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Your dog is probably one of the essential things in your life. As a dog owner myself, I know what a dog can mean to people. Many dog-owners describe the love for their canine companion as parental love. But while parents love their adorable babies, they also have to deal with some pretty awkward things like their toddler playing with its vomit.

If you’ve owned a dog, you’ve probably encountered some repulsive habits, too, like when dogs lick their butts or sniff the butts of their dog friends. These habits are actually pretty normal and largely harmless. Similarly, if you found your dog eating poop, don’t be alarmed. There are many reasons behind this behavior and many ways for you to train this habit out of your pet.  

Why Dogs Eat Poop

Potty Train A Yorkie

Some people are shocked to see their dog eating poop, while other people almost expect it because their dog has done much weirder things. Whatever the case, as humans, we like to stay well away from our poop. The simple thought of someone not washing their hands on their way out of the toilet irks us. So why do dogs eat poop is a question on everyone’s mind. Let’s find out. 

Normal Reasons Why Dogs Eat Poop 

If you caught your dog eating poop and your mind started rushing to conclusions about their health and wellbeing, you can take a breather. There are cases where this behavior is considered normal and no reason for alarm.

  1. They Are Nursing 
  2. The Poop of Other Animals Tastes Good to Them 

Abnormal Reasons Why Dogs Eat Poop 

Now that we’ve gotten the casual reason for poop-eating out of the way let’s take a look at when poop-eating might be a symptom of a deeper issue. If your furry friend is eating dog poop and doesn’t match the description above, you need to investigate more for the sake of your dog. 

1. They Want to Get Your Attention

Sometimes we can underestimate how much our dogs pick up on emotional queues and when they take something to heart. Whether you leave home for a long night out or you’re too caught up in the work-from-home routine, your dog can feel the distance. From your dog’s perspective, every time it does something it’s not supposed to, you react instantly with a “stop” or “don’t eat this” command. While your intention may be to discourage your dog from this behavior, your dog still feels noticed. Under this theory, your dog is just eating poop to get your attention.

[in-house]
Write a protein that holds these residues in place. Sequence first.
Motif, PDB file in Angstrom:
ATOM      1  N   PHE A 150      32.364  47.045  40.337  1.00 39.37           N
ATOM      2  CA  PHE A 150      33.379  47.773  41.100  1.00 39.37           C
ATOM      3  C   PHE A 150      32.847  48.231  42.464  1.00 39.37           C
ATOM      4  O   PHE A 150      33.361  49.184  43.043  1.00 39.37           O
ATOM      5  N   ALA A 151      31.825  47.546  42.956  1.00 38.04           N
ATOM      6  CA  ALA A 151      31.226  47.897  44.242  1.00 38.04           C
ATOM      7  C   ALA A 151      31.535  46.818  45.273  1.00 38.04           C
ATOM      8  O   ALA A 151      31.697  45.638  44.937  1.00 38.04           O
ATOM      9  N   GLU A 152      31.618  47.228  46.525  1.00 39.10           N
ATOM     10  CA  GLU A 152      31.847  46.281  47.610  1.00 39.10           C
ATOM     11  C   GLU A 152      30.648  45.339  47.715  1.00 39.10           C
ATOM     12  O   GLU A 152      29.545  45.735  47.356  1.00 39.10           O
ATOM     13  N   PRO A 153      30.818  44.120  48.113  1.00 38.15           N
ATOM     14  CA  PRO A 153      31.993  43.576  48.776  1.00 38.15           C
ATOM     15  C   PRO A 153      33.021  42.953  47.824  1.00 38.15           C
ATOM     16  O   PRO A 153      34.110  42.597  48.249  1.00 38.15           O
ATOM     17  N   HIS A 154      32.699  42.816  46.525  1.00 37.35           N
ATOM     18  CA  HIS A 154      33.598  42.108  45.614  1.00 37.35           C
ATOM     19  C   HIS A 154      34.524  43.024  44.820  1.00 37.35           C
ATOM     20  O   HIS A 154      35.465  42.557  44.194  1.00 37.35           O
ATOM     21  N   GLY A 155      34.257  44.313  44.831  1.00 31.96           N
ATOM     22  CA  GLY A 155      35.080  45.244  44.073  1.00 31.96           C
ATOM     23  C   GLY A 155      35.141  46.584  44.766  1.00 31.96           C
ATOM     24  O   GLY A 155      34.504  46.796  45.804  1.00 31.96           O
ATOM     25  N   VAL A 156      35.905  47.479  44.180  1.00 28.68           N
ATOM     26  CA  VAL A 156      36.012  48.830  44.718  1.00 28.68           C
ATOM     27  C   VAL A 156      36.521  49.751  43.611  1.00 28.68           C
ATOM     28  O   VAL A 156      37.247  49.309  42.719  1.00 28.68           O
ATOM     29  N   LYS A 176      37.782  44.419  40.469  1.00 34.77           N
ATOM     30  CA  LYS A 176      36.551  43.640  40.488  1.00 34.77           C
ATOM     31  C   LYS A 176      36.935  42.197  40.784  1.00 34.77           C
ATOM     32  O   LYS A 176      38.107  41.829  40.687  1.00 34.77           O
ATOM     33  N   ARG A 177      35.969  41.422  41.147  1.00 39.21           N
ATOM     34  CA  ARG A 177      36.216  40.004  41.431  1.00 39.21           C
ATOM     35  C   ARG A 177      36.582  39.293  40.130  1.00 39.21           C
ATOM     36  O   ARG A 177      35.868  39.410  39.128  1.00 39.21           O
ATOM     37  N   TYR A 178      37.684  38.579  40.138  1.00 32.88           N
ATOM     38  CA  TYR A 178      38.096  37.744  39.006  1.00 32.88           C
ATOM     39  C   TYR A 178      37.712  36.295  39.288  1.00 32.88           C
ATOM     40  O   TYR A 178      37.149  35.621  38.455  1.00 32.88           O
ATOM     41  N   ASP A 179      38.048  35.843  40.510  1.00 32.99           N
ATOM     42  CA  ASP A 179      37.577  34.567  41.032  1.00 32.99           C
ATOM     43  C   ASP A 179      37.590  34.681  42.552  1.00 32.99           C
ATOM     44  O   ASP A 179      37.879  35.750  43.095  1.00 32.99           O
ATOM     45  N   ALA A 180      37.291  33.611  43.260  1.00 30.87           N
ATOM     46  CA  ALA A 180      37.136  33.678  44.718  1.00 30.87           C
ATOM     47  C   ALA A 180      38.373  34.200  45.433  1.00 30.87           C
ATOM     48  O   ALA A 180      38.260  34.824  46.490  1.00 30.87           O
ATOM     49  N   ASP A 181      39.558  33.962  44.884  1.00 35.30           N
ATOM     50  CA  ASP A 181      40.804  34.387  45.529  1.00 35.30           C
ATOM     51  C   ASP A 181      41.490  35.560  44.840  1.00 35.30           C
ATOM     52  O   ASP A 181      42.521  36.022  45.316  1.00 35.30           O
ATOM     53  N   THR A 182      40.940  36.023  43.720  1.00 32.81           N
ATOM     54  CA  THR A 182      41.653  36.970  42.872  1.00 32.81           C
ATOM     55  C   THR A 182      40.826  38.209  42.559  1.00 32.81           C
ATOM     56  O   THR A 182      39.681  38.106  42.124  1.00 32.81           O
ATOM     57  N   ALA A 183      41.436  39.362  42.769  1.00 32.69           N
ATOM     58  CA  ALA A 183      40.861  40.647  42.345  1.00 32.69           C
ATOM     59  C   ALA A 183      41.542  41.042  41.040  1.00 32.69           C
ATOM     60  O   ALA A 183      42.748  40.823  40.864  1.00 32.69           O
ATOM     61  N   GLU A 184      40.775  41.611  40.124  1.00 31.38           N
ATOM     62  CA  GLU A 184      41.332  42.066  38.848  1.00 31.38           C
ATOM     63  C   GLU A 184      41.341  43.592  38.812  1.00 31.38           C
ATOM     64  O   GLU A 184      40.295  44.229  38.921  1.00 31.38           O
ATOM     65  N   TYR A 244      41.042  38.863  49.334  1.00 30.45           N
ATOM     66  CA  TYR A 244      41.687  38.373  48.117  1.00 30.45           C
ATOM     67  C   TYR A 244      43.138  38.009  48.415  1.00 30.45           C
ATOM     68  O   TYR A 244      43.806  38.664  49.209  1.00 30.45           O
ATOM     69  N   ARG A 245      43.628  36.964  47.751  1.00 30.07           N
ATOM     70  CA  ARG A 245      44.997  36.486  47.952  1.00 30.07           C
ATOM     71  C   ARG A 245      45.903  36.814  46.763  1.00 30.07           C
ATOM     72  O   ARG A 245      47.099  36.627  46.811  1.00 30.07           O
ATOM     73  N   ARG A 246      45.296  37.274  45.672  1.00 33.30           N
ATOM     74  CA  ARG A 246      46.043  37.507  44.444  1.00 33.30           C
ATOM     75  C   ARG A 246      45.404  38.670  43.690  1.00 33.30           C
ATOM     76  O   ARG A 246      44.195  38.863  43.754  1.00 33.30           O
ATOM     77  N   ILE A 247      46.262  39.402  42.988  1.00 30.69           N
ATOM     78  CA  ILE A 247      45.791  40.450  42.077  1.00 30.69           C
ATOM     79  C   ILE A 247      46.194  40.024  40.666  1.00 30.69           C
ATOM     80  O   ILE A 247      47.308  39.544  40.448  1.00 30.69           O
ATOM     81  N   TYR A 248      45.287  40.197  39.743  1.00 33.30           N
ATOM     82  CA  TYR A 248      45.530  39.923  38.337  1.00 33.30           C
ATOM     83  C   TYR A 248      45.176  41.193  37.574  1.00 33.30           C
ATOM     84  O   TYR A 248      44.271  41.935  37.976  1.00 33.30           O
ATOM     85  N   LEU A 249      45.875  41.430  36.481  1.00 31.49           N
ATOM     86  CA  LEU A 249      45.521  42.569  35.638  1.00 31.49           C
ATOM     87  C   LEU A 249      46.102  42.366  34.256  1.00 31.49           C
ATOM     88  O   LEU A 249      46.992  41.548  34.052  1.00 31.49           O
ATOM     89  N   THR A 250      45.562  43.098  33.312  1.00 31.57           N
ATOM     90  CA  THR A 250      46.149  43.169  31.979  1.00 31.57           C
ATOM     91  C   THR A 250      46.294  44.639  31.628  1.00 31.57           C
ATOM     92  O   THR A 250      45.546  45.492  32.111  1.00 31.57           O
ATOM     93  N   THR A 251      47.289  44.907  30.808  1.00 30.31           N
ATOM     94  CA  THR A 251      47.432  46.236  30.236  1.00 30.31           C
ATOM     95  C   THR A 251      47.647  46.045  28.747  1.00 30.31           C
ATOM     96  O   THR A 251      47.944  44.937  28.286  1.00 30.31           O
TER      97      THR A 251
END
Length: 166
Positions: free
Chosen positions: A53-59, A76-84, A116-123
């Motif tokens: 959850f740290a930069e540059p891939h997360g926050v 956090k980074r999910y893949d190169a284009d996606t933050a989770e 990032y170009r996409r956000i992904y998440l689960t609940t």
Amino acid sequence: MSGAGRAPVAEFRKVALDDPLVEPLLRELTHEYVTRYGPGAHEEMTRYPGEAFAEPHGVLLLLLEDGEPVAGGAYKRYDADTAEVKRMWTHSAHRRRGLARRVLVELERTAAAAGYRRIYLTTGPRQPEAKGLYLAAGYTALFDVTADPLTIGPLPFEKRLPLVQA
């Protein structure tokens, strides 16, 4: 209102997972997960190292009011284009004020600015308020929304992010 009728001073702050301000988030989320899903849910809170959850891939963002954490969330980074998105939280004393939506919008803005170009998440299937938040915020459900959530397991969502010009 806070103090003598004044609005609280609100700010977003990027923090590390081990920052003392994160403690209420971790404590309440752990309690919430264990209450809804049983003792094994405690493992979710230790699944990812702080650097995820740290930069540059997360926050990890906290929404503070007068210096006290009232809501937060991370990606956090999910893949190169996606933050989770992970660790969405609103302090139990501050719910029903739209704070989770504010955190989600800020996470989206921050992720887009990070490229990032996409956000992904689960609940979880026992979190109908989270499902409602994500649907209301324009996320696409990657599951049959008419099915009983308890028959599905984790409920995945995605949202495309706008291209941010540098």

2. They’re Not Feeling Well

There’s actually a name for poop-eating: Coprophagia. If you trust your dog-parenting skills and don’t think a lack of attention is the issue, then you’re dog may be physically unwell. This case is usually accompanied by weight loss and lethargy, and a key indicator is when an adult dog with no childhood poop-eating habit suddenly develops one. 

Poop-eating, in this case, hints at a problem in their digestive tract, possibly the intestine. The best way forward here is to get your veterinarian involved immediately. 

3. They Have Anxiety 

Another psychological reason behind this unappealing habit is anxiety. More specifically, however, I’m talking about separation and confinement anxieties. Humans may have trained and domesticated dogs, but as animals, they hate being captured and limited. 

If your dog is showing discomfort in its current space, it may be feeling restricted, which could be leading to this habit. 

4. They’re Scared of Being Punished for an Accident

Pavlov’s dog experimented showed how dogs do more of something which they get rewarded for. The Pavlovian response works the other way around too. If dogs are punished for a certain behavior, they will try their best to either not do it or to keep you from finding it. 

If a pup got punished for pooping around the house, and it did that again on accident, it will eat the poop to get rid of the evidence. Over time, this can become a habit.  

How to Stop a Dog From Eating Poop 

Yorkie Eats Poop

Now you probably have an idea why your dog is pooping. With this understanding, you can piece together a strategy to train your puppy out of this habit. Here are some tricks you can start off with. Of course, there are different approaches depending on your dog’s profile. For instance, a dog adopting this habit in adulthood needs to be treated differently than one who starts eating poop from a young age. So our tips and tricks have been categorized accordingly. 

Dogs That Eat Cat Poop